Nature, Singing

Tucked between red-clad Santas and decorated evergreens, this very late rain lily (Zephyranthes candida) bloomed in the San Bernard refuge butterfly garden long after many of its kind had called it a season.

Graced with the colors of Christmas and petals suggesting the open receptiveness of a child, it recalls the words of the beloved carol:

Joy to the world! The Lord is come;
let earth receive her King.
Let every heart prepare him room
and heaven and nature sing…

Remarkably, we don’t sing, “Joy to human beings, joy to those who walk upright and drive cars and open too many credit card accounts and are nasty to their neighbors.” We don’t sing “Joy to the church-goers, the faithful, the few.”

The joy we sing is meant for the whole world: for stars and dirt; mountains and seas; trees, rocks, valleys and hills, and every creature inhabiting them. At Christmas, heaven and nature sing out this truth: the gifts of the season are meant for the world as a whole. We who inhabit that world, who trace a path upon its soil and gaze upon its stars are called to sing its praises, too, and join in its celebration.

 

Comments always are welcome.

Carry and Cache

 

There’s little question that these slightly shriveled berries were produced by the plant known as yaupon (Ilex vomitoria), a member of the holly family that’s native throughout the southeast, from Texas to coastal North Carolina.

How they came to be clustered in this hollow — part of a large, decaying tree stump — is hard to say, since there wasn’t an over-hanging yaupon branch to drop its berries into the stump. Even if there were, it seems unlikely that so many would have collected there.

It is food-gathering time, with squirrels burying pecans or collecting and drying fungi, while woodpeckers and bluejays energetically seek out and store acorns. Still, this seems a poor spot for caching food. Perhaps a younger and less experienced critter gave it a try, but decided to find a drier, more secure spot.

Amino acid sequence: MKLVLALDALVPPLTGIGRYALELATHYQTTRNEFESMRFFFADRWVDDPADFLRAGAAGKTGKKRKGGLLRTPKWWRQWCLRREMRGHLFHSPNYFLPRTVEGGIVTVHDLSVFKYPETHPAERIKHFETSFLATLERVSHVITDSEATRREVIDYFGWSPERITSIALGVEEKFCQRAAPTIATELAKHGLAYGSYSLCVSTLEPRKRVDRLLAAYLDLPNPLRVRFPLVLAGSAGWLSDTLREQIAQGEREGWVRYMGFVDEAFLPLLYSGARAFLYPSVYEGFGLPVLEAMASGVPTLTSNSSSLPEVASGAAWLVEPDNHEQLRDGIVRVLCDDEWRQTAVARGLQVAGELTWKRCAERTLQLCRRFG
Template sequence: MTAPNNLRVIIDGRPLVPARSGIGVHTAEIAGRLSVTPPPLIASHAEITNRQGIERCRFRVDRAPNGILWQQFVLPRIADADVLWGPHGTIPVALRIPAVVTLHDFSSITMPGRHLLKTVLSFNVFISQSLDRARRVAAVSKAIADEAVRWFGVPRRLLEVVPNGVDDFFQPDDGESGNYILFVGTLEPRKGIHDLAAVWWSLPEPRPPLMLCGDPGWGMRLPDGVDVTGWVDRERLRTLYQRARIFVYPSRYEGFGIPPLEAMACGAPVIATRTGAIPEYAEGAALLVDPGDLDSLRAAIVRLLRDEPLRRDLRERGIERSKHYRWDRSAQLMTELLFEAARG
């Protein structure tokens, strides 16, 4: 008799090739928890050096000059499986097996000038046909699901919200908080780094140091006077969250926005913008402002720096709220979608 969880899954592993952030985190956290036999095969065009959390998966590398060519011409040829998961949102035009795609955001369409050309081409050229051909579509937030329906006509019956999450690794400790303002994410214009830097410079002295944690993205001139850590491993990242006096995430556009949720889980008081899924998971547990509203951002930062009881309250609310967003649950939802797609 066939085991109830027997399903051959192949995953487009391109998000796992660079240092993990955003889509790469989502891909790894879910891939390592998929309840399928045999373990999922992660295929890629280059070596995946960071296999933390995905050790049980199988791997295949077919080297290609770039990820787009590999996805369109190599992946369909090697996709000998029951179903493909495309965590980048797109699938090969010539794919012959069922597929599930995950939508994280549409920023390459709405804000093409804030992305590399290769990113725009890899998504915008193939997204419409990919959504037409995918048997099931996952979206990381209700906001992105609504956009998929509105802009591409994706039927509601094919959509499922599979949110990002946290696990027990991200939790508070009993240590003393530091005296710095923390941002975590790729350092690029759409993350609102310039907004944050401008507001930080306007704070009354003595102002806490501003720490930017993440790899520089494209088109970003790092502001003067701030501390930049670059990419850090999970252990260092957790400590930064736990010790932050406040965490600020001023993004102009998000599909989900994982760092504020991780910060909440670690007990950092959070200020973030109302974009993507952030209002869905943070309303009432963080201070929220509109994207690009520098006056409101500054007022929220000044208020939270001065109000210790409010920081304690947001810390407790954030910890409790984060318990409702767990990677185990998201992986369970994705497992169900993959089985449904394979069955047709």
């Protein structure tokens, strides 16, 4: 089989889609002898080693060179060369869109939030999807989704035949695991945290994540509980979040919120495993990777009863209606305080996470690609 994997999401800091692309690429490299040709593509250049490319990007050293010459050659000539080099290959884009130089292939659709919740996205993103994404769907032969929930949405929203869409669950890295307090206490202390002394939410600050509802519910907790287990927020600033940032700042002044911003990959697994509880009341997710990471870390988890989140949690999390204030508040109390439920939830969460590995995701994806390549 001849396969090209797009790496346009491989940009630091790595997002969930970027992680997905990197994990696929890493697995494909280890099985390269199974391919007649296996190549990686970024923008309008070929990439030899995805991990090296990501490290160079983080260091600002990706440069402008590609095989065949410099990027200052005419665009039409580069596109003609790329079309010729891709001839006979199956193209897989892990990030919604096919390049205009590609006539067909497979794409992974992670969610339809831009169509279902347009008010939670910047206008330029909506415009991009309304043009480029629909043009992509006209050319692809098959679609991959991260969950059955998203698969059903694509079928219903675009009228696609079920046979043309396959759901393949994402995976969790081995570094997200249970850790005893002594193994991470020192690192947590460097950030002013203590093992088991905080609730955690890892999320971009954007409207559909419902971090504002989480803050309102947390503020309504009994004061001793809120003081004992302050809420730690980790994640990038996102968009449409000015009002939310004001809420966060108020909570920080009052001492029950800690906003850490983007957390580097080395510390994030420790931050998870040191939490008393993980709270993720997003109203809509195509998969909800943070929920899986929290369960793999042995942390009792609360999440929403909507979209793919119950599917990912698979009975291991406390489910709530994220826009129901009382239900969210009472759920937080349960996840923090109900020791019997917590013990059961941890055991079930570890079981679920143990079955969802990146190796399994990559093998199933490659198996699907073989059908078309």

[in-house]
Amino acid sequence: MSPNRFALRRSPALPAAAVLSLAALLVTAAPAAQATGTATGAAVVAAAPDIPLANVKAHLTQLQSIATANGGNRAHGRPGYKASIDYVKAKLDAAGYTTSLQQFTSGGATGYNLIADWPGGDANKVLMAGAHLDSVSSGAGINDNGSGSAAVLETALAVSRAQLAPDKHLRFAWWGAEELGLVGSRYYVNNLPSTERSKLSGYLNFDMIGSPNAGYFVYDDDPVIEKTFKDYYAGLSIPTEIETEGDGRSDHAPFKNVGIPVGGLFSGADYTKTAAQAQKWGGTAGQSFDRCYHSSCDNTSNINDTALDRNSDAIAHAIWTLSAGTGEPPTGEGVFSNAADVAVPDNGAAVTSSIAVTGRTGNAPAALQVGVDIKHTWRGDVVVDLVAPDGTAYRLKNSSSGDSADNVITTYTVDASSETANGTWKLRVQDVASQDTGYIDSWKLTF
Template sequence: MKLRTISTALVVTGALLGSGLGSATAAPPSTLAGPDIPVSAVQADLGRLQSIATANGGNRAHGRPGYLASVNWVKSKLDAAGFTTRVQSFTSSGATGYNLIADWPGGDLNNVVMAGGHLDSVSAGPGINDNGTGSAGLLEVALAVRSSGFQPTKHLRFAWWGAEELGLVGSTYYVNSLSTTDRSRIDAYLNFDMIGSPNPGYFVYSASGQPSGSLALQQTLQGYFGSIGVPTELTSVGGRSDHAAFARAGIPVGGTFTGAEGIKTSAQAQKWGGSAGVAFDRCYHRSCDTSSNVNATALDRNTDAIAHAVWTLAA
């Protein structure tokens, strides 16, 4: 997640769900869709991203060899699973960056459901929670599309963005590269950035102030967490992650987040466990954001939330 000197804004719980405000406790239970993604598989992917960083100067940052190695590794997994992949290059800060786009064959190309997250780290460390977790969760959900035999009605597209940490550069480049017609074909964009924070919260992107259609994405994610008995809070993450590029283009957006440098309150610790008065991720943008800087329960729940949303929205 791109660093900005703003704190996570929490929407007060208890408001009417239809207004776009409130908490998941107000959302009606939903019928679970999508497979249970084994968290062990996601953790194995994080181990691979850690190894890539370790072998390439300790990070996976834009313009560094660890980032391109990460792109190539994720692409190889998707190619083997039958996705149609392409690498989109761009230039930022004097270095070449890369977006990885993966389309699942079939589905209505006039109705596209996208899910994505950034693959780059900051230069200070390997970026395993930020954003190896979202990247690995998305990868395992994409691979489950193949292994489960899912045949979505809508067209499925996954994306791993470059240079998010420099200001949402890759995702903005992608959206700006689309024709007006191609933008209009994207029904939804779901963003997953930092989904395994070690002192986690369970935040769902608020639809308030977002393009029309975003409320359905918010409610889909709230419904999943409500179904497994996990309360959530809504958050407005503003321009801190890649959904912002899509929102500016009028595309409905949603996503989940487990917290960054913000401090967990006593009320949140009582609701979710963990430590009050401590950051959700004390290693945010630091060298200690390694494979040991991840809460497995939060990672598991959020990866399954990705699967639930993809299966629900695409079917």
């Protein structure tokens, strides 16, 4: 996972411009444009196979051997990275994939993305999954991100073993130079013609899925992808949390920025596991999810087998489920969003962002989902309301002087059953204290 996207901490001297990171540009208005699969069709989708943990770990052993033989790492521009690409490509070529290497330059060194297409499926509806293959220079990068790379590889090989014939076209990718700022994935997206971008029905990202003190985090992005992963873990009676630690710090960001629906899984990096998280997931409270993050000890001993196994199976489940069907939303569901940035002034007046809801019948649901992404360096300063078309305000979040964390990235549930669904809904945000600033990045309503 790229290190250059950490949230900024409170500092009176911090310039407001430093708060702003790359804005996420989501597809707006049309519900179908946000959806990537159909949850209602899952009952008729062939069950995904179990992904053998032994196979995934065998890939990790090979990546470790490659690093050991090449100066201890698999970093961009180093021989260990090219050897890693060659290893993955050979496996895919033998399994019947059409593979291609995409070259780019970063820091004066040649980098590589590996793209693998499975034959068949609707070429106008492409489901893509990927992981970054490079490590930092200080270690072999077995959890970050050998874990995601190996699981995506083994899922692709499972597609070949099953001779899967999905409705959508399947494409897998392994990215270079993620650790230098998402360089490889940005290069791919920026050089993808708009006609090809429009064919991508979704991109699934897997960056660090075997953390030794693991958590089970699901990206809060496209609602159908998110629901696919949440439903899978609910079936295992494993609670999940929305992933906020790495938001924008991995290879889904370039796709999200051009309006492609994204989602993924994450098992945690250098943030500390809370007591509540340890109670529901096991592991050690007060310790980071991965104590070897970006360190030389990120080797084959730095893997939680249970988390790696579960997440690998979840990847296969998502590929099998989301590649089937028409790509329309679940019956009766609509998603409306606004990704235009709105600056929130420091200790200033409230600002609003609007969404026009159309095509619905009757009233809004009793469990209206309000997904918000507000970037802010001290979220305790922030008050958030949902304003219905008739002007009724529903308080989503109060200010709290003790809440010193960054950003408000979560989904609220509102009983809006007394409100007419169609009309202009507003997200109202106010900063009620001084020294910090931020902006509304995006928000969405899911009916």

On the other hand, Christmas is drawing nigh. Perhaps this is only an optimistic squirrel’s version of cookies and milk. With such tempting berries in the stump, surely Santa Squirrel will pay a visit!

 

Comments always are welcome.

Nature’s Christmas Trees

One of the world’s best-loved Christmas carols,Joy to the Worldincludes lines that suggest both heaven and nature celebrate the feast with their songs.

What’s less well-known is that nature, too, likes to decorate its trees a bit for the holiday. Here, an Ashe juniper shows off a simple but elegant garland.

Spanish moss dripping off the limbs of this live oak doesn’t sparkle, but it drapes as gracefully as any tinsel.

Seen against a choir of salt cedar trees, this tree-sized poverty weed wears its white fluff like old-fashioned angel hair.

Even this young possumhaw brightens the day with its collection of seasonal baubles. They may decorate its branches well into the new year, but only if the birds stop nibbling at them like children at a cookie tray.

Whether you have a tree, or many, or none in your home, nature has a multitude of trees just waiting for your admiration. If you take time to seek them out, they might even invite you to join in their singing.

Merry Christmas!

 

Comments always are welcome.